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Line charge in different frames.

  1. Aug 21, 2009 #1
    Here is an interesting question (units are Gaussian):

    An infinitely long strgiht wire of negligible corss-sectional area is at rest and has a uniform lineare charge density q_0 in the inertial fram K'. The frame K' (and the wire) move with a velocity v parallel to the direction of the wire with respect the the laboratory frame K.

    (a) What are the electric and magnetic fields in the laboratory?

    (b) What are the charge and current densities associated with the wire in the laboratory?




    Relevant equations - Probably Lorentz Transforms, Maxwell Equations...



    Solution Attempt - None
     
  2. jcsd
  3. Aug 24, 2009 #2

    gabbagabbahey

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    Homework Helper
    Gold Member

    "None" is not an appropriate attempt at a solution.

    As a hint, you might want to start by finding the electric and magnetic fields in frame [itex]K'[/itex].
     
  4. Aug 26, 2009 #3
    That first comment gabbagabbahey is really very unhelpful. What is one to do if they can't even begin to tackle a question??? Surely that is is the best reason possible to ask for help! In future posts, would you prefer me to write down some wrong physics that I know is completely incorrect, just to satisfy you..?

    Anyway I managed to solve this problem...
     
  5. Aug 26, 2009 #4

    berkeman

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    His comment was entirely appropriate. Please re-read the Rules link at the top of the page, especially the part about showing your attempt at a solution. We do not do your work for you -- you at least need to read your textbook and do your best to learn how to do the problems. If you have no clue how to start, read some more, do some more research -- asking at the PF is not considered doing research...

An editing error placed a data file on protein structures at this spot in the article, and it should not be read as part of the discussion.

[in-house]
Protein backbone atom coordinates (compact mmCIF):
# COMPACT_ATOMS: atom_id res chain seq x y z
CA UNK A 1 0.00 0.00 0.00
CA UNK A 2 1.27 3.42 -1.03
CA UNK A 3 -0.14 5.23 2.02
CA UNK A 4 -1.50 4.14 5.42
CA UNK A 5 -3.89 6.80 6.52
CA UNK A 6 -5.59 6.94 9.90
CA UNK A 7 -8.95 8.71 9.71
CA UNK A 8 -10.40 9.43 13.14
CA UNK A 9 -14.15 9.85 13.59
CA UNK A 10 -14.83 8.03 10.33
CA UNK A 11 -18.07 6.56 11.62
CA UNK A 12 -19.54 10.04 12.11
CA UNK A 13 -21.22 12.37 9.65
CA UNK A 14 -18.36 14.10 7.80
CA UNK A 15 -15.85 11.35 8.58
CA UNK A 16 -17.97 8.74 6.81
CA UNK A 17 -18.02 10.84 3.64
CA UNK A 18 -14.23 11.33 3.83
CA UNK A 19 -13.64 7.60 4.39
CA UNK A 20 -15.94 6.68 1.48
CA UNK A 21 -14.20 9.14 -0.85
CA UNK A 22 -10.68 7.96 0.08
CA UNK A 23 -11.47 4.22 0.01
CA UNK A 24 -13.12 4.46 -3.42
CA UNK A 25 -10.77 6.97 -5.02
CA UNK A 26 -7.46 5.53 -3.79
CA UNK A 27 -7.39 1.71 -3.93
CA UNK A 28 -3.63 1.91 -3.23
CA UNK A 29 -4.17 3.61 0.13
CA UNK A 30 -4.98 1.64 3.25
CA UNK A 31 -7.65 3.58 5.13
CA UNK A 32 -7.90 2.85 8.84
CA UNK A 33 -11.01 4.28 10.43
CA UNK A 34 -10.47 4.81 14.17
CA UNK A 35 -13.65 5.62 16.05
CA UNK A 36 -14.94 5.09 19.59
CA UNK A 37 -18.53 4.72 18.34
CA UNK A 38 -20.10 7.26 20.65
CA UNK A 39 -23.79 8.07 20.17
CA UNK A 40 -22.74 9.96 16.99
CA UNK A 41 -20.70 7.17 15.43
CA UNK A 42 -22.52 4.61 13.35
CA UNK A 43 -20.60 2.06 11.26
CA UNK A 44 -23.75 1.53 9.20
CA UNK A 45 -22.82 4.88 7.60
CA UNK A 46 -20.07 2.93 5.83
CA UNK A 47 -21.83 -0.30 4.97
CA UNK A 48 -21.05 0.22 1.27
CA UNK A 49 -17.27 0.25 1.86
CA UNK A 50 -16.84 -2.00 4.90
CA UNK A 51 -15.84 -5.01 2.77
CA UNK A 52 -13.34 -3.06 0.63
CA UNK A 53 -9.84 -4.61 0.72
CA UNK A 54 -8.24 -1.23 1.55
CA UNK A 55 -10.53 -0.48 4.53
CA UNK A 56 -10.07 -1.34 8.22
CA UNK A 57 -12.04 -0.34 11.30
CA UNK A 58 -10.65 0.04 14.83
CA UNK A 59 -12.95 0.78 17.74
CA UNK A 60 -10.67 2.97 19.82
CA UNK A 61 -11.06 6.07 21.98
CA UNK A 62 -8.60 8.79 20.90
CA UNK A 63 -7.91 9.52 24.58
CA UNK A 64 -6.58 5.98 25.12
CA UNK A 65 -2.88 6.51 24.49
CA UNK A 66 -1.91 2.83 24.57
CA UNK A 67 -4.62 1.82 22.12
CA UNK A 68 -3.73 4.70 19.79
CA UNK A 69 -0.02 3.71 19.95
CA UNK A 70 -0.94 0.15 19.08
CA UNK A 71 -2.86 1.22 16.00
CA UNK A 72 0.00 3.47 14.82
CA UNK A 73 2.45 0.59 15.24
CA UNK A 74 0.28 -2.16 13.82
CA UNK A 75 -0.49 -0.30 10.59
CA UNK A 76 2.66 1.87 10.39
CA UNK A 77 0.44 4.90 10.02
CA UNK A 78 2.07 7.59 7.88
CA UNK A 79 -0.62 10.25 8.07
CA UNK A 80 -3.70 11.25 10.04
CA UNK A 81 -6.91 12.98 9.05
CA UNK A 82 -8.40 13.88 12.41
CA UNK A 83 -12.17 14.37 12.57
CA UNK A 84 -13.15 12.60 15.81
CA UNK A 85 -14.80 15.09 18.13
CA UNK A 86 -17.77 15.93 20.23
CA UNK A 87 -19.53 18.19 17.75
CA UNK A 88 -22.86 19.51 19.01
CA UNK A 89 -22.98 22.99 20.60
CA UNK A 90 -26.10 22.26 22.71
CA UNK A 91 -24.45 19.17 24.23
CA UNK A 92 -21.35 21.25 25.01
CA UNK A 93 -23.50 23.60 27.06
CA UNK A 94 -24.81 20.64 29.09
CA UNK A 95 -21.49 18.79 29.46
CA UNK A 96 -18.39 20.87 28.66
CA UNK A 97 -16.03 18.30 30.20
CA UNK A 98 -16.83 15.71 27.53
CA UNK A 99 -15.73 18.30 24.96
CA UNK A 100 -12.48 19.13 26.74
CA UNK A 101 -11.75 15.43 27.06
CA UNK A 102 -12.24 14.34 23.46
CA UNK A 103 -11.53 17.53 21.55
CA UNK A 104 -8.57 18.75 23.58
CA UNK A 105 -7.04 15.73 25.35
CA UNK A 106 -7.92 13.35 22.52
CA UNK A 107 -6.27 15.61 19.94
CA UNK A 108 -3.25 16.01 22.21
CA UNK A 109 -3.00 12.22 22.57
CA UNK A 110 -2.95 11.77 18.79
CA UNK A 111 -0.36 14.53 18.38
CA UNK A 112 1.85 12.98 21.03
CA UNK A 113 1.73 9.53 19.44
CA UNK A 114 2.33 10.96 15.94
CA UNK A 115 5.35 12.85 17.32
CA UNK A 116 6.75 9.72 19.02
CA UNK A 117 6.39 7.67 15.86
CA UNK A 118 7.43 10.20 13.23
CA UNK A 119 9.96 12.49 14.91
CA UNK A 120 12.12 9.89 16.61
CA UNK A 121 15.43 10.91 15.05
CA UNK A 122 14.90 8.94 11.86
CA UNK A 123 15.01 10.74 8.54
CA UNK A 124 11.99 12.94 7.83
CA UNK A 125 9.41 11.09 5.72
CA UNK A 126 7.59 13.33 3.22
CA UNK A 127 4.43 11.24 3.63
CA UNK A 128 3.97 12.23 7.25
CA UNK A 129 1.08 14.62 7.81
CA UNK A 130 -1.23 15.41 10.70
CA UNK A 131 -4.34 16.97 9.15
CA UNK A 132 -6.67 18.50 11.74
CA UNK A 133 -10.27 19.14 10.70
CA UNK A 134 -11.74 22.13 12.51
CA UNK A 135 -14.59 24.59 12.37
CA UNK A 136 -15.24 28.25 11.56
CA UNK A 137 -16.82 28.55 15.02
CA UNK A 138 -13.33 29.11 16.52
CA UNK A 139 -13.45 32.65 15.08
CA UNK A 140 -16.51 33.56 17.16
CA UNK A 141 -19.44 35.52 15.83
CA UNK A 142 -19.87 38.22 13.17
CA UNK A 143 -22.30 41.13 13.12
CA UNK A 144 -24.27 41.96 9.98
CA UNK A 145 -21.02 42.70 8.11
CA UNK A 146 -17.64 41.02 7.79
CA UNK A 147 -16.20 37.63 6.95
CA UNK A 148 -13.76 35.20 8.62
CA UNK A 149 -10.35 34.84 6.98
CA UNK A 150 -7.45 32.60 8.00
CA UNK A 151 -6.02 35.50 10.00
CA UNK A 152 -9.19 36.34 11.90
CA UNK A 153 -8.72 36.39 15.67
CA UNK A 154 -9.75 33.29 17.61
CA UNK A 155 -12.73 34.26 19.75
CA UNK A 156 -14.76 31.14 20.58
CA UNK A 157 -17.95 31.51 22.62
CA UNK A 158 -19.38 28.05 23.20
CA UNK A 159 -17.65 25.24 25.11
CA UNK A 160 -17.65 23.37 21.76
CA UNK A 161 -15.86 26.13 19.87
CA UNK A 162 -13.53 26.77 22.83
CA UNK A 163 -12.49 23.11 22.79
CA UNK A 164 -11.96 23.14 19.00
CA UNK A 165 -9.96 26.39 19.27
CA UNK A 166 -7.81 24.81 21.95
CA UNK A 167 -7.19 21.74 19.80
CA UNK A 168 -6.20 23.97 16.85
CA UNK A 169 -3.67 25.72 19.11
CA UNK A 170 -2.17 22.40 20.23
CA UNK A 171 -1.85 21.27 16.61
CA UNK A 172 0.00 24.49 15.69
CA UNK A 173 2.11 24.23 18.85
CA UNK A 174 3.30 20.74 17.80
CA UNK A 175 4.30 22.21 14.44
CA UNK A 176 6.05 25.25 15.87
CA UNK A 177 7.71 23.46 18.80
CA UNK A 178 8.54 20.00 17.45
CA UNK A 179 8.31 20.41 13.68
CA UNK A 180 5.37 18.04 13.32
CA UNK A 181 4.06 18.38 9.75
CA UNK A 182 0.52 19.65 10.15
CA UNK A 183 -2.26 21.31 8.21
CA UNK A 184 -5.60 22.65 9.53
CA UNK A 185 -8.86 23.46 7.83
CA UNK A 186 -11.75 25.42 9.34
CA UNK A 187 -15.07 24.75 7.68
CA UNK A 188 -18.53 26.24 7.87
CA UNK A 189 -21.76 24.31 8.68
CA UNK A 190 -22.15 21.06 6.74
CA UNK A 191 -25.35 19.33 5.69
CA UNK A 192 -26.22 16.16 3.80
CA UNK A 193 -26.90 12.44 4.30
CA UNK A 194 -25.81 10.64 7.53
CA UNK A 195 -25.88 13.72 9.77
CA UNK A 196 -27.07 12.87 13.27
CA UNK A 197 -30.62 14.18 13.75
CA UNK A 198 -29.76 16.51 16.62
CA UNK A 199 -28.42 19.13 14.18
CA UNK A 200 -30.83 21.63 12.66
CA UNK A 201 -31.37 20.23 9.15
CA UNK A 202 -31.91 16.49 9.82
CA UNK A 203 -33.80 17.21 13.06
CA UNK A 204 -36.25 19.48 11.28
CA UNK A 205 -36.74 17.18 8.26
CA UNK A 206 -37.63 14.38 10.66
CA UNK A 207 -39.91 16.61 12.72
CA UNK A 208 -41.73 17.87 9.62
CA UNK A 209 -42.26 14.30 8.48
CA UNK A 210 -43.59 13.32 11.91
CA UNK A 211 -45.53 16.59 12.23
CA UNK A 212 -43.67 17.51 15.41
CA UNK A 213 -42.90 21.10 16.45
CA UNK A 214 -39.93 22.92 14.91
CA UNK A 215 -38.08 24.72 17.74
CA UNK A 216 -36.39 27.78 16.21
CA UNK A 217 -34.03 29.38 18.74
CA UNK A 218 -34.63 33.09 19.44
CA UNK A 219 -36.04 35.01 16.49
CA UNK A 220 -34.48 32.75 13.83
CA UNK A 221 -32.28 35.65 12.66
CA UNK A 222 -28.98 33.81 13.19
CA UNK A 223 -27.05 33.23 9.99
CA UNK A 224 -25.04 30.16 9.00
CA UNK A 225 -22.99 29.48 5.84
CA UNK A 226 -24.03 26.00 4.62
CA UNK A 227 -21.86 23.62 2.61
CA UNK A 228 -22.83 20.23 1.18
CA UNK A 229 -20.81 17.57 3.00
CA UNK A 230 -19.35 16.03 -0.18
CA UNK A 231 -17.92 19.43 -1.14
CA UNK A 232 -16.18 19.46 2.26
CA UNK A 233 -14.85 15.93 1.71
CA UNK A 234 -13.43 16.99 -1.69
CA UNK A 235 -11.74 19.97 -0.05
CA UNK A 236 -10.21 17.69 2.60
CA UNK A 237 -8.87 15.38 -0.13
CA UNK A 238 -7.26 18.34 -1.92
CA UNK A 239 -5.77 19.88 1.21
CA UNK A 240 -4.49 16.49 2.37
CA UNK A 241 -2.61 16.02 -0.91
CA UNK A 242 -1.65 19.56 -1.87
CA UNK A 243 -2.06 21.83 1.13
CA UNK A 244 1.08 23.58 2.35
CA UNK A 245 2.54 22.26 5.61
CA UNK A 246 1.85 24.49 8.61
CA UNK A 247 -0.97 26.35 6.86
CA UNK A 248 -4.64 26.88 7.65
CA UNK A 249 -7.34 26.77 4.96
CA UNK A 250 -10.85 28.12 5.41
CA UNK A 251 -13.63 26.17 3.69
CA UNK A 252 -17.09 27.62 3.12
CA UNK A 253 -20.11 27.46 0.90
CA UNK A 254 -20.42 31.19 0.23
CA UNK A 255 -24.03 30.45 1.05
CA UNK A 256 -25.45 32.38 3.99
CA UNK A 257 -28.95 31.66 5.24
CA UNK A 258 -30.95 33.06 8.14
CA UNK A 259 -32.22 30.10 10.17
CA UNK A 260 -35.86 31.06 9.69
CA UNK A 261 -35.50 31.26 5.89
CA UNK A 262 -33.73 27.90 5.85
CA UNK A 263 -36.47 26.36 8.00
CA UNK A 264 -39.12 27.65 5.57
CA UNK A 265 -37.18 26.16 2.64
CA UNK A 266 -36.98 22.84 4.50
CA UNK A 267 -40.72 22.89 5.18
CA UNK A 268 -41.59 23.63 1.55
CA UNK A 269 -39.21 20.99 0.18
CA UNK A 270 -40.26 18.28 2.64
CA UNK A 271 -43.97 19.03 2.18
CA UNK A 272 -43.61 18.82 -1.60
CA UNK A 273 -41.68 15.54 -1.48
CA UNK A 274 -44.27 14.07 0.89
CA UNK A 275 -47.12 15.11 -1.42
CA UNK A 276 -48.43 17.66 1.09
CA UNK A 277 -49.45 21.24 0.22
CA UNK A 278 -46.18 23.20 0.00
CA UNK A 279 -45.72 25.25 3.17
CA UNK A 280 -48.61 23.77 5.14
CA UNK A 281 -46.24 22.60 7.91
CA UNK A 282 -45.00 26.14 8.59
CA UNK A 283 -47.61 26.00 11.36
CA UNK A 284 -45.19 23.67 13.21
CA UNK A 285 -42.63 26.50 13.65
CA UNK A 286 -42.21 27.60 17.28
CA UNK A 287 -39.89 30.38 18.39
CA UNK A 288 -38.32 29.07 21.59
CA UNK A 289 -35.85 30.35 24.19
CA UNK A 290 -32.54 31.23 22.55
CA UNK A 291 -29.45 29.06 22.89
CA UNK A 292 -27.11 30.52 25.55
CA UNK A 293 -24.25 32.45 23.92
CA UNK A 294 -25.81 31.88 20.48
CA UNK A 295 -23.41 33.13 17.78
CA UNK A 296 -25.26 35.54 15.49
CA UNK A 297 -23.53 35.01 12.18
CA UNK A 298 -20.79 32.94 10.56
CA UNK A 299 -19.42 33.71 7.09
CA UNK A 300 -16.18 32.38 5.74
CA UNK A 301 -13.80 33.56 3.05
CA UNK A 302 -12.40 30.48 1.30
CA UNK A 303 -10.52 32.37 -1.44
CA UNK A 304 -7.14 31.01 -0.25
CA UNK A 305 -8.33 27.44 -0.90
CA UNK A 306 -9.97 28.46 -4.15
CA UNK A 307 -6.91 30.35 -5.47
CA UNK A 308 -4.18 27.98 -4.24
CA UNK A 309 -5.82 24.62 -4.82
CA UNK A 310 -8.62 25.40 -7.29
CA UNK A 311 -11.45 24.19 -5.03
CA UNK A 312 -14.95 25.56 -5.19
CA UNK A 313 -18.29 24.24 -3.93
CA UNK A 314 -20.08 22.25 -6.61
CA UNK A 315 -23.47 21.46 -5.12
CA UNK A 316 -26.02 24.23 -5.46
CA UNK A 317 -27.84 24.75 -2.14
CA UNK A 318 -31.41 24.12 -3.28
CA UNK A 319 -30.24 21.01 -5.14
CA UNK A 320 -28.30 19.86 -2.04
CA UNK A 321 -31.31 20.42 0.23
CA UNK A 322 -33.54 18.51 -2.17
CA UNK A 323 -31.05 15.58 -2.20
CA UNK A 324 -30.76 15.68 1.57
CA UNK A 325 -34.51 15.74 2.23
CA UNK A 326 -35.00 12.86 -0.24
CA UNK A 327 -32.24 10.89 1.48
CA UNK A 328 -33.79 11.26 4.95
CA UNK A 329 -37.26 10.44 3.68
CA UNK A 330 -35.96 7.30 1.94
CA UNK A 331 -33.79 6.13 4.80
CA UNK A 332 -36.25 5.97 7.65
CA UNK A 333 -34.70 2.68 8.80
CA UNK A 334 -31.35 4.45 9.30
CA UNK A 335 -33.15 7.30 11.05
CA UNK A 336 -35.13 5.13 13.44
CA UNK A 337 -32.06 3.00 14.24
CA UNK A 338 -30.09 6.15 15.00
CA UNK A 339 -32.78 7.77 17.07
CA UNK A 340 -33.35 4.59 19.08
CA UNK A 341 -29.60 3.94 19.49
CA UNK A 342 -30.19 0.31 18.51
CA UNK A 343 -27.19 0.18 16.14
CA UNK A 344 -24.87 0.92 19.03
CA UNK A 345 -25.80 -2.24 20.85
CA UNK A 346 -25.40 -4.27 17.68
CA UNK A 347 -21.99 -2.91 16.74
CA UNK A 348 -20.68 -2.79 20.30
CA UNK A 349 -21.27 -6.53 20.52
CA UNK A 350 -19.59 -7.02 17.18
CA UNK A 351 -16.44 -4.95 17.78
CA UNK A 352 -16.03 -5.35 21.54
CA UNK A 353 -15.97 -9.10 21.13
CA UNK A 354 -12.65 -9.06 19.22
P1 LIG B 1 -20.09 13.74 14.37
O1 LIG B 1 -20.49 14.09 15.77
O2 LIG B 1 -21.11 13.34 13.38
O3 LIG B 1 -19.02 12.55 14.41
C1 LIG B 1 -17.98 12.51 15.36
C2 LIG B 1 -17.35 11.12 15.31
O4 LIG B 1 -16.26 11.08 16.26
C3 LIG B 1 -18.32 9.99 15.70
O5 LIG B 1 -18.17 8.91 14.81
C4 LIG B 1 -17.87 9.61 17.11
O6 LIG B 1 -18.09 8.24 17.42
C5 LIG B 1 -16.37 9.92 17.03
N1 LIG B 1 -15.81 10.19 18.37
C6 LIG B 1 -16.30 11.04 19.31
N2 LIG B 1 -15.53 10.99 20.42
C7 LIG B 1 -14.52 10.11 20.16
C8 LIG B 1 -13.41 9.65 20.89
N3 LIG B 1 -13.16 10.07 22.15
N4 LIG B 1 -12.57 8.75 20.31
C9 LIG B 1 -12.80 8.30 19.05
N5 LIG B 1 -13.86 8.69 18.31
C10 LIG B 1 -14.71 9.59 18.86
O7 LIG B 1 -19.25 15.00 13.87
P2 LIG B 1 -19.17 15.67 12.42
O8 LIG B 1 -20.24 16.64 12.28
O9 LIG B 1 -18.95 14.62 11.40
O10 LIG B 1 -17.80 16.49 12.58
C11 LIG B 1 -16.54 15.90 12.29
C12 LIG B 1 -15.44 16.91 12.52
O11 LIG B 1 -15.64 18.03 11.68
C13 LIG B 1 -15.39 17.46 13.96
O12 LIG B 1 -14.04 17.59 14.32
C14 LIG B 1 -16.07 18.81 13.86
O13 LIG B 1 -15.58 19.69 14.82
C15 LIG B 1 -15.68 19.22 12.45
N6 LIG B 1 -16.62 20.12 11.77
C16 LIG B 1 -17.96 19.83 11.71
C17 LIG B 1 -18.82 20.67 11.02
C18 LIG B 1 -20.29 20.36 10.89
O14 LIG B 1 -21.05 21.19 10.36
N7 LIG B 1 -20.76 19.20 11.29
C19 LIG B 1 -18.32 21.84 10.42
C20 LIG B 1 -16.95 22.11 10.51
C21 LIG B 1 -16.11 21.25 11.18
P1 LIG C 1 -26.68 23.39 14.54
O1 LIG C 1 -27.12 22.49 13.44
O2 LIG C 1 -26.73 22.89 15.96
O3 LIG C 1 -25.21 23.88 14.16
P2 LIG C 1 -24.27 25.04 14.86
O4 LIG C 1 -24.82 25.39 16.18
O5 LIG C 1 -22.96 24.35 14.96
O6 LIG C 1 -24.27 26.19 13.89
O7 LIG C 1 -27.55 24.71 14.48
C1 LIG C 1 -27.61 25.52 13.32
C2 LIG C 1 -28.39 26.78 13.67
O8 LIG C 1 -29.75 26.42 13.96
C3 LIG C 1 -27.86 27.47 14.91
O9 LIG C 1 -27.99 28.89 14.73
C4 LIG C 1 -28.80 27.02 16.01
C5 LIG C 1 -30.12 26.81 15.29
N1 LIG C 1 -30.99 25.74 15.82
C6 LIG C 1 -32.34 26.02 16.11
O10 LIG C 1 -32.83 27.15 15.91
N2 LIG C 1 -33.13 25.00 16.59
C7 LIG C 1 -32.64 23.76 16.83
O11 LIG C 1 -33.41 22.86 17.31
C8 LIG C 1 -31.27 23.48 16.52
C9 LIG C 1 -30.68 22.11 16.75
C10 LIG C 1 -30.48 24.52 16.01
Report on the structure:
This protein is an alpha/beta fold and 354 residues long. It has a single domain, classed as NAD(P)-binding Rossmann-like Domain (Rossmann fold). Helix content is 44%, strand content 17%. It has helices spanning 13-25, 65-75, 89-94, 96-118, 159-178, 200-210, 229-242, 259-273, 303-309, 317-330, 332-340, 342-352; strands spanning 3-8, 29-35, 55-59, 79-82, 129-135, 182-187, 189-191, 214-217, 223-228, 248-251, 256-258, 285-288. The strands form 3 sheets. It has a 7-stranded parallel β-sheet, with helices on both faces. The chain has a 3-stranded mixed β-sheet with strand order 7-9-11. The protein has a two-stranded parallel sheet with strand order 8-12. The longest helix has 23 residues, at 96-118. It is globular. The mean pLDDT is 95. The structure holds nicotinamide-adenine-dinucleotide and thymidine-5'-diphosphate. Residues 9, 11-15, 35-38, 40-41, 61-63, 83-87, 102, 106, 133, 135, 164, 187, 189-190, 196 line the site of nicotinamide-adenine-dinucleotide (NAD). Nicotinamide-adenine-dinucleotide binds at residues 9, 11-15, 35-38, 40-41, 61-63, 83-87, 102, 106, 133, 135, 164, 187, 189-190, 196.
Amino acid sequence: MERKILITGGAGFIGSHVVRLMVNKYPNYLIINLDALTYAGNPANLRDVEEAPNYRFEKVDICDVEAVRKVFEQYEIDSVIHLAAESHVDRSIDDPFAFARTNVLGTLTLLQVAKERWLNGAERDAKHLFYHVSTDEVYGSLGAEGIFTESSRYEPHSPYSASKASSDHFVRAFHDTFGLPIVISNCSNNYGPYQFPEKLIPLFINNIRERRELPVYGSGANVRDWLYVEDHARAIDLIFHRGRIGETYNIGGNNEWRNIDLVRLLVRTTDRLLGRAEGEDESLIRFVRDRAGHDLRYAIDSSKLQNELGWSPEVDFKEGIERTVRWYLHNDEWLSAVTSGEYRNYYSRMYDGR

6. Aug 27, 2009 #5
    When I have worked out my own solution, I want to see if it is correct...the textbook I am using provides no solution. It is best to verify the plausibility of a solution if two people have done the problem independently. Even then, you can still learn even if both solutions are correct as the other person may have taken a different approach.

    If the moderators of this board are going to be stubborn, and refuse to exhange their knowledge, then this is obviously not the site for me. I actually discovered this site through the brilliant site "mathlinks": the people that use the site are genarally pure mathematicians, rather than theoretical physicists. Would someone kindly refer me to a different site where people will happily share their wisdom?
     
  7. Aug 28, 2009 #6

    berkeman

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    Staff: Mentor

    If you are unwilling (or unable) to post the relevant equations and show your work on the homework/coursework problem, then yes, this is not the website for you. Best of luck.
     
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